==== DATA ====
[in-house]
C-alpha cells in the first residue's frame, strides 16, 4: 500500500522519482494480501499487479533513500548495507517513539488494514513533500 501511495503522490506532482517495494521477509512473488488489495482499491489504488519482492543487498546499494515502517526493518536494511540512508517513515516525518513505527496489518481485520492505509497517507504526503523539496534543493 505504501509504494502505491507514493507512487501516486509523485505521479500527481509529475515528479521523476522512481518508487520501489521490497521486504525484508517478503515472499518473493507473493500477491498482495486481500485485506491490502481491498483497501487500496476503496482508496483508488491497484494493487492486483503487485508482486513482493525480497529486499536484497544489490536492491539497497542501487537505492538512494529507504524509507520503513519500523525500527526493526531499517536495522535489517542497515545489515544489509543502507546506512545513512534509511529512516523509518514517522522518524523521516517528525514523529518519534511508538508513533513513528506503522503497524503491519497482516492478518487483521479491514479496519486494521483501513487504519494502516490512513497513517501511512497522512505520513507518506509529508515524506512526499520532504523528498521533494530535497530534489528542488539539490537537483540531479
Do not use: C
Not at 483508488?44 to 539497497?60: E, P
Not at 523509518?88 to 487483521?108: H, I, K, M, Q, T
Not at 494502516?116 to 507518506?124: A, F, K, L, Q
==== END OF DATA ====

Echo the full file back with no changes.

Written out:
[in-house]
C-alpha cells in the first residue's frame, strides 16, 4: 500500500522519482494480501499487479533513500548495507517513539488494514513533500 501511495503522490506532482517495494521477509512473488488489495482499491489504488519482492543487498546499494515502517526493518536494511540512508517513515516525518513505527496489518481485520492505509497517507504526503523539496534543493 505504501509504494502505491507514493507512487501516486509523485505521479500527481509529475515528479521523476522512481518508487520501489521490497521486504525484508517478503515472499518473493507473493500477491498482495486481500485485506491490502481491498483497501487500496476503496482508496483508488491497484494493487492486483503487485508482486513482493525480497529486499536484497544489490536492491539497497542501487537505492538512494529507504524509507520503513519500523525500527526493526531499517536495522535489517542497515545489515544489509543502507546506512545513512534509511529512516523509518514517522522518524523521516517528525514523529518519534511508538508513533513513528506503522503497524503491519497482516492478518487483521479491514479496519486494521483501513487504519494502516490512513497513517501511512497522512505520513507518506509529508515524506512526499520532504523528498521533494530535497530534489528542488539539490537537483540531479
Do not use: C
Not at 483508488?44 to 539497497?60: E, P
Not at 523509518?88 to 487483521?108: H, I, K, M, Q, T
Not at 494502516?116 to 507518506?124: A, F, K, L, Q